TikTok, the Western social video app, from ByteDance, a major Chinese interactive entertainment company, has become a cause celebre with Donald Trump on one side wanting to ban TikTok, and others contending it is a restraint of free speech and an illegal action by the Trump Administration.

TikTok is the up and coming mobile video app that is growing rapidly in the U.S. and is hugely popular in India and other countries around the world. TikTok has also been recently banned by the Indian Government, in part due to the border tension between China and India.

Due to the Trump Administration’s action against TikTok, ByteDance has been in discussions with Microsoft, Oracle and others, such as Walmart, who has confirmed they are discussing the deal with Microsoft.

TikTok is all about super short video. Another major competitor in the short video digital world is Quibi which launched earlier this year, at a price tag of $4.99 or $7.99 a month, with or without ads respectively.

Quibi received close to $2 billion in financial backing, and was founded by Jeffrey Katzenberg who is Chairman. Katzenberg is well-known in Hollywood as an entertainment and creative success, having co-founded DreamWorks SKG, as well as being the past CEO of DreamWorks Animation. Katzenberg was Chairman of Disney Studios for 10 very successful years before DreamWorks. Katzenberg

recruited Meg Whitman, the former CEO of eBay EBAY -5.3% and former Republican nominee for Governor of California in 2010, to be the CEO of Quibi.

TikTok and Quibi are both short-form, but otherwise these two companies are wildly different. Perhaps the most significant difference is how Quibi and TikTok differently define “short”. Let’s take a look at the key differences between TikTok and Quibi and consider how these differences have led to big success for TikTok, and failing fortunes for Quibi, which is rumored to be considering eliminating their subscription fee and becoming free.

Short-form: While Qubi defines short-form content as 10 minutes, about 100 million Americans have demonstrated with their deep engagement with TikTok, that they prefer truly short videos – no longer than 1 minute and often as short as 15 seconds. In today’s world with multi-tasking run rampant, multiple devices grabbing our attention, and the fast-paced tempo and “click-bait” of digital content, 10 minutes is not really short. Maybe for a senior citizen, but not for a member of the Z or Millennial Generations. Under the category of short hits of digital entertainment, TikTok is besting Quibi.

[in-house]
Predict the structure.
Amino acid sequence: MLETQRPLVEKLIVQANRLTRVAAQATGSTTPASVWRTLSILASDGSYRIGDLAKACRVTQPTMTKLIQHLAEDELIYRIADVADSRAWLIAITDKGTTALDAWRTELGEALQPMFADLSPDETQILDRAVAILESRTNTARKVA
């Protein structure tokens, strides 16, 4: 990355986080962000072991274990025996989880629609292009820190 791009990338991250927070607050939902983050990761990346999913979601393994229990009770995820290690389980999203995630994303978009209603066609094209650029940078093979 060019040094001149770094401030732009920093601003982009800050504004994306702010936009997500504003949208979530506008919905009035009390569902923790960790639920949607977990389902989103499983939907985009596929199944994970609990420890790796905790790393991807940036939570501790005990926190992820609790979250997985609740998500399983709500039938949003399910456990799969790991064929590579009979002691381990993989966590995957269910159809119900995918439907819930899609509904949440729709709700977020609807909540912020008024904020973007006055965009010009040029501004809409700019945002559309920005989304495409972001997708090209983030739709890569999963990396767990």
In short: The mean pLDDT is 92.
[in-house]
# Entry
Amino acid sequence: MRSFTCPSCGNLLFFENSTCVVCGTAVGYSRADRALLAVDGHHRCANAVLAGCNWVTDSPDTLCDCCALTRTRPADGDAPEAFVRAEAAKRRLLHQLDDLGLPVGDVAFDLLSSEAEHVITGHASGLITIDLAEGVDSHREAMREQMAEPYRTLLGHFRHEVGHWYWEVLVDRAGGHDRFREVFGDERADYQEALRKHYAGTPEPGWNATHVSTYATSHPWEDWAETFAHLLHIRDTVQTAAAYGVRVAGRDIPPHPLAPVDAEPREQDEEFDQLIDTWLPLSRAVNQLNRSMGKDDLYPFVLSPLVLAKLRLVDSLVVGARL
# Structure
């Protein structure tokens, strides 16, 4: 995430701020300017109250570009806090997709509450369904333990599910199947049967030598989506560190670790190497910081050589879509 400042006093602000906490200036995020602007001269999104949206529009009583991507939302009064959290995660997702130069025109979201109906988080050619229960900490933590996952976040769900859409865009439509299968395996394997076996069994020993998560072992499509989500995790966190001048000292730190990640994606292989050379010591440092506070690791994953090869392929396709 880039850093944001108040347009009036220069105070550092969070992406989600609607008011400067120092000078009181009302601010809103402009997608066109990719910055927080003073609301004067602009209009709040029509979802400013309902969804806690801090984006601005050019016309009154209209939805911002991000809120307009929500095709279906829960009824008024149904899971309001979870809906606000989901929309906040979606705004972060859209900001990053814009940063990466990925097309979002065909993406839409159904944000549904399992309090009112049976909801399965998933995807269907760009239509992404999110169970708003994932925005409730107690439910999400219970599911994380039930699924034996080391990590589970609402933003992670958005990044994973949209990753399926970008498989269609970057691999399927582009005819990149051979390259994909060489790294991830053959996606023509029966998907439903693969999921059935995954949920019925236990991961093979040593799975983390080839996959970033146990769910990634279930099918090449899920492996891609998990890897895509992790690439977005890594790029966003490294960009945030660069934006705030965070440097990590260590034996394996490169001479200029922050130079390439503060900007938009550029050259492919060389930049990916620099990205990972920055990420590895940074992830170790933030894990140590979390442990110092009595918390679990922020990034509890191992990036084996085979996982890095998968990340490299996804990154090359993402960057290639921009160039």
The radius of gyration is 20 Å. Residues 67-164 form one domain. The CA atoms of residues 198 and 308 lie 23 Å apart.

Pricing: Consumers have shown a deep affection for long-form TV and film content, including a willingness to pay for that content on services like Netflix NFLX -5% and Disney Plus, as well as the majority of American households that subscribe to traditional pay cable and satellite TV. But the advertising supported video content services, like YouTube, Instagram, Facebook, Snapchat, TikTok and others show the great affection of consumers for free content. In the realm of pricing, TikTok’s free content is beating out Quibi’s paid content.

Virality: TikTok makes it super easy to share a video you like (or made) with others by email, posting to Facebook, Instagram, Snapchat, as well as Whats App, Twitter, Facebook Messenger, and text messaging. Yet, Quibi has spurned viral sharing opportunities. Similarly you can readily find TikTok content on YouTube, Facebook, Instagram and other services where TikTok compilations have become top performing videos. Quibi’s content distribution strategy is focused on the Quibi app.

Authenticity vs. Stars: In many cases Quibi has followed the paradigm of traditional Hollywood with big budgets (by digital terms), known actors and famous writers. TikTok’s content is authentic,

refreshing, and relatable because it is created by your relative, your neighbor, or your buddies at school and work. TikTok takes the day for authentic content that appeals to Every-Person (the more modern version of the Everyman concept). Plus, TikTok content is free to make (for TikTok) while Quibi has expensive writing and production budgets for their content.

Additionally, TikTok content has something for everyone from travel and cooking to life hacks, workout tips, and of course, the famous TikTok challenges and dances. A unique type of content has also risen up on TikTok, what I call “intergenerational content”. Perhaps it is driven by the at-home scenario being lived by some many families during the Covid pandemic.